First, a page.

|Plastics are a relatively new material to the world. The first fully synthetic plastic – Bakelite – was created in the early 1900’s by Belgian chemist Leo Baekeland. Following technological advances after World War II, the usage and types of plastics manufactured exploded.|
Today, plastic is so ubiquitous that we take it for granted. Its usage has been critical to the technological advancements that have allowed civilization to progress. Knowing this, plastic certainly has a place in the world.
However, there are some health concerns surrounding plastic. Many kinds of plastic can leach chemicals such as BPA (bisphenol A), especially when exposed to heat or scratched. Even plastics labeled as BPA free can leach other chemicals with similar properties. These chemicals aren’t particularly friendly to humans beings; they can act as estrogens in the body, contributing to health problems, such as cancer. This is critical knowledge when it comes to the way plastics interact with out food.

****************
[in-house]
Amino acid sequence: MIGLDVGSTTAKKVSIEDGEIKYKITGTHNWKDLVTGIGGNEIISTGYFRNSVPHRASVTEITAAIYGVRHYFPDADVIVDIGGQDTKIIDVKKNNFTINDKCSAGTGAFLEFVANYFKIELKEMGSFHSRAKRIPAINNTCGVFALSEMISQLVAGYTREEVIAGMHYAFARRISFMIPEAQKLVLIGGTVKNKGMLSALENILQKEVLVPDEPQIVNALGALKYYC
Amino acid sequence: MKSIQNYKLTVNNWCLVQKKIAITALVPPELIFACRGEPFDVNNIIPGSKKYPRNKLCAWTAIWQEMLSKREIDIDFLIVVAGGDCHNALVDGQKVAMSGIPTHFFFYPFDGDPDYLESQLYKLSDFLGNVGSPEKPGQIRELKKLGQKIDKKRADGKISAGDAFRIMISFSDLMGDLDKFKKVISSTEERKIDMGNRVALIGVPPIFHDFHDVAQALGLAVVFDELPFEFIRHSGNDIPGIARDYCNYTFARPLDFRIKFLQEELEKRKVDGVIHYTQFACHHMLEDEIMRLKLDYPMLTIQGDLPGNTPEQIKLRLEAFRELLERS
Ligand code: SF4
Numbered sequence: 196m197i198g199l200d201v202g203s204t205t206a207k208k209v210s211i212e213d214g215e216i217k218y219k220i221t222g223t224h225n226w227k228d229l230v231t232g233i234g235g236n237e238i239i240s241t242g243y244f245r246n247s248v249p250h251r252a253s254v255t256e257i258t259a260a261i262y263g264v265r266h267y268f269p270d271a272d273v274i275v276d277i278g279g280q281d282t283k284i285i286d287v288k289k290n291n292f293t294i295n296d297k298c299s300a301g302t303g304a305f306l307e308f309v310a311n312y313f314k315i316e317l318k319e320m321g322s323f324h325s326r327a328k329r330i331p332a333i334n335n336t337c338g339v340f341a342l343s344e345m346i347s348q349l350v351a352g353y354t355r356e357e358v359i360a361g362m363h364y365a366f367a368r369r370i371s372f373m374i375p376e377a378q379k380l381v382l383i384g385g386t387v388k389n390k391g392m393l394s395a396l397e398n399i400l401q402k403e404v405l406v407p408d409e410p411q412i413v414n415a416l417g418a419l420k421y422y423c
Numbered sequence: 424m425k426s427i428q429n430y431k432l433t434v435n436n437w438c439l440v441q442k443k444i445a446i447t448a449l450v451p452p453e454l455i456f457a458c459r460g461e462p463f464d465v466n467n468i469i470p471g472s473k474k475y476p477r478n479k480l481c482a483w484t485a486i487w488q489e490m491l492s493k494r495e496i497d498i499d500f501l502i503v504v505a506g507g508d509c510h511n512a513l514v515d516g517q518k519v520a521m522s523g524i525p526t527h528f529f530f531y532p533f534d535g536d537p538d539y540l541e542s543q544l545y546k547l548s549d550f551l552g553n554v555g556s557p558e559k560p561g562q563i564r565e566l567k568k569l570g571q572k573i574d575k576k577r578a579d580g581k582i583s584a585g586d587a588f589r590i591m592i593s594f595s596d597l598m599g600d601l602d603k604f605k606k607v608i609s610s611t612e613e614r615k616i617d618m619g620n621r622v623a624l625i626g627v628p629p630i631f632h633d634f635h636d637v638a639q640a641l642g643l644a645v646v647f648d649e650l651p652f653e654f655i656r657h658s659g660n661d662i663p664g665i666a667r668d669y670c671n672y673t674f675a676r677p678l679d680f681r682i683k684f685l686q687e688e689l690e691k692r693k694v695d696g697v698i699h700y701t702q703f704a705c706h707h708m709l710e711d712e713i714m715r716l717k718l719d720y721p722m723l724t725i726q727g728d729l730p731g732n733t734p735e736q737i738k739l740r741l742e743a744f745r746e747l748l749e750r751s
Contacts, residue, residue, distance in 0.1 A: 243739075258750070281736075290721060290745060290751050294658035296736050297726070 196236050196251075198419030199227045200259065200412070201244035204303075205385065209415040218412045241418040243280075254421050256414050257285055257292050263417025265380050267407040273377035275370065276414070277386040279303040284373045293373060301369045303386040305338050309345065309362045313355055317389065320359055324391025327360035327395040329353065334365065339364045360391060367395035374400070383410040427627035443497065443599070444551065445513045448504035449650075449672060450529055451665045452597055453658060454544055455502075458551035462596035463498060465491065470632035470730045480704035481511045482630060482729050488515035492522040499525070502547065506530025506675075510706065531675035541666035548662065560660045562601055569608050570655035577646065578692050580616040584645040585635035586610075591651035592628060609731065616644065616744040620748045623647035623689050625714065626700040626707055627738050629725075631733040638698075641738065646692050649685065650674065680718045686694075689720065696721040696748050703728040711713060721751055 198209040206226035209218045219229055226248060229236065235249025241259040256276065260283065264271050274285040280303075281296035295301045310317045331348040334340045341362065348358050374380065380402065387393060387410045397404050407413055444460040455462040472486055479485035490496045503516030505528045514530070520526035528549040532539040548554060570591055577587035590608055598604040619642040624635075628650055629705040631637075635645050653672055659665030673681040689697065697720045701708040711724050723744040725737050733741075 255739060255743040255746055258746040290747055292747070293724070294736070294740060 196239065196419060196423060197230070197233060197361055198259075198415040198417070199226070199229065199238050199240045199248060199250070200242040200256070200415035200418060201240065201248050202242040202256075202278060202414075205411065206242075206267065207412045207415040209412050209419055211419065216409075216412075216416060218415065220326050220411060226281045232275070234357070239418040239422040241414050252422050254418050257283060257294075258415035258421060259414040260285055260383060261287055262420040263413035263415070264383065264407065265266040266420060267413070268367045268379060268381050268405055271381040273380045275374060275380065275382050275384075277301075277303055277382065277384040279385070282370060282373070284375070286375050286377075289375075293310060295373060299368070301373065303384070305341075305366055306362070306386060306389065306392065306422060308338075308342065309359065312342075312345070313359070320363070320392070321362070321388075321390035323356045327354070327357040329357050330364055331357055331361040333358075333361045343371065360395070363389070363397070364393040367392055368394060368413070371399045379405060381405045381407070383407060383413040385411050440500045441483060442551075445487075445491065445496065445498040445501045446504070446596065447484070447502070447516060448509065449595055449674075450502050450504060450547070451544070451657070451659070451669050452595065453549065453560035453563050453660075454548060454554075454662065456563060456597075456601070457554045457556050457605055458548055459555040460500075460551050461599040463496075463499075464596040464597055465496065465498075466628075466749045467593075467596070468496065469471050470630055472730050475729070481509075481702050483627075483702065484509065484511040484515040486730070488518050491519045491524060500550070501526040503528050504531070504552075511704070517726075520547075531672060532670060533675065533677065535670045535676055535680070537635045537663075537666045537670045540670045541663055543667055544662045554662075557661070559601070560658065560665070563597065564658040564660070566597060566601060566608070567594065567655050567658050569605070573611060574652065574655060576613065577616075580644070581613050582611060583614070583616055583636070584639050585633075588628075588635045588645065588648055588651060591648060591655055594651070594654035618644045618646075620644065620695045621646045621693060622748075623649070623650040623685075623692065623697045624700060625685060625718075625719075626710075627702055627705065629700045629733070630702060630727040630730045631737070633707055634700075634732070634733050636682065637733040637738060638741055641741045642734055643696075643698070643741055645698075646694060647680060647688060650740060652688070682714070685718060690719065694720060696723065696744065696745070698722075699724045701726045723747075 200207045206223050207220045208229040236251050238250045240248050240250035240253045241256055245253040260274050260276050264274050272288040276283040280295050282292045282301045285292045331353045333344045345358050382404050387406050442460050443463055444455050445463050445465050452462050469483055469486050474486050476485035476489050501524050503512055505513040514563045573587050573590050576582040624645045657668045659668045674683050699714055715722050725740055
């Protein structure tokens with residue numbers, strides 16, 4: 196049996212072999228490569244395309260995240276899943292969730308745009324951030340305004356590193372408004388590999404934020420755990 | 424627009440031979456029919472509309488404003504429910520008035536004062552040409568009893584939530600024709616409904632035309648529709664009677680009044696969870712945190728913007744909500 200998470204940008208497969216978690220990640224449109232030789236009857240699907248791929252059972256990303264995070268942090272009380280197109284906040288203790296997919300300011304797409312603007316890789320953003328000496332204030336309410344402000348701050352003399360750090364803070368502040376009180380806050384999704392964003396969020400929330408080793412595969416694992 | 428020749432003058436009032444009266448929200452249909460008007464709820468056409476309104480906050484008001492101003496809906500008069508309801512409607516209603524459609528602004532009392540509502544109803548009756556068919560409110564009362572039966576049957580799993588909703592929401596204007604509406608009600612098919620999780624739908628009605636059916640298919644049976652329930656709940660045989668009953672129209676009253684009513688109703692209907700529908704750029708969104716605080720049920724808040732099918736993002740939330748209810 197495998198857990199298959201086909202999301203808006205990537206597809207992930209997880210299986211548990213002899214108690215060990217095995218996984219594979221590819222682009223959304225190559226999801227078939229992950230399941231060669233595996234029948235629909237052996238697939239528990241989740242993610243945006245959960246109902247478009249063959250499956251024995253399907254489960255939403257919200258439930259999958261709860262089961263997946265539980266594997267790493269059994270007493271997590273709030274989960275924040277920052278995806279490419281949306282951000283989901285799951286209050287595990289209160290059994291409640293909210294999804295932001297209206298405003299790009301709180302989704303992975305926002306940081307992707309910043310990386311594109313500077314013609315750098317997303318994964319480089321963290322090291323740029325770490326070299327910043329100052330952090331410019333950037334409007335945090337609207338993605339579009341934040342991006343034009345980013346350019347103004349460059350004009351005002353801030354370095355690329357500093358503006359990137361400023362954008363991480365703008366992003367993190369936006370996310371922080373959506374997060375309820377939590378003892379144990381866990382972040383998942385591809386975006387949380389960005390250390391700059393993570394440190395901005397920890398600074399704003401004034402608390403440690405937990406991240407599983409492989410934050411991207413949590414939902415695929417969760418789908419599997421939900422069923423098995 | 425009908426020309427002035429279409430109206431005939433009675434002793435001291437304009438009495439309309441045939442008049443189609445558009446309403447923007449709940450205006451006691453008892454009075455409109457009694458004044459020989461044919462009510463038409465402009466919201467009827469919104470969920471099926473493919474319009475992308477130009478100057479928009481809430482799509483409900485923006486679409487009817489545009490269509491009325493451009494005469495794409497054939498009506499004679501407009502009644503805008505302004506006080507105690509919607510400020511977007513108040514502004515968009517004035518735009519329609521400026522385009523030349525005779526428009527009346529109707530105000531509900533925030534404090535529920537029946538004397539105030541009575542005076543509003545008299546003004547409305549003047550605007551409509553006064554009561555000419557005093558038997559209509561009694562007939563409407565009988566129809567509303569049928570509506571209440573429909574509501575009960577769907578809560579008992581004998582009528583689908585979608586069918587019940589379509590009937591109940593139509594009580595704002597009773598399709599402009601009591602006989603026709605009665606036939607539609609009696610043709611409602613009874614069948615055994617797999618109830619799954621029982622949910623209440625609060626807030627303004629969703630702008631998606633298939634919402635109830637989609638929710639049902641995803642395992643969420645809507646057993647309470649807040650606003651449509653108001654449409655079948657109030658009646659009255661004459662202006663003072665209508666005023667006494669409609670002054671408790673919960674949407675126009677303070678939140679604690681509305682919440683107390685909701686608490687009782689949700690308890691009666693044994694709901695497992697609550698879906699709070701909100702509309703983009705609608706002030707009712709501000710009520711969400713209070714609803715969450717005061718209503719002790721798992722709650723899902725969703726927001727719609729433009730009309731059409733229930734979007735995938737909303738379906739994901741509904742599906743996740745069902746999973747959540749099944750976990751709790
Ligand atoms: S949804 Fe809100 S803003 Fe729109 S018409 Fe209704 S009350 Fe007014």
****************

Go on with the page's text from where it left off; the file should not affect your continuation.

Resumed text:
So, if you are planting a garden, is it safe – or rather, is it best – to utilize plastic? Regardless of whether a plastic is labeled non-toxic, studies have shown that many will leach estrogenic compounds. While this does little to give one faith in labeling, it does even less to encourage one to use plastics around food.
Ultimately, the goal of planting a garden is to provide the freshest, healthiest, most-unaltered food for yourself and your family. You wouldn’t grow a garden only to douse it in chemical fertilizers and pesticides. You might as well be shopping at the grocery store! In that spirit, running the risk of any sort of chemical contamination seems unwise. Try your best to avoid using plastics in the garden, regardless of the application.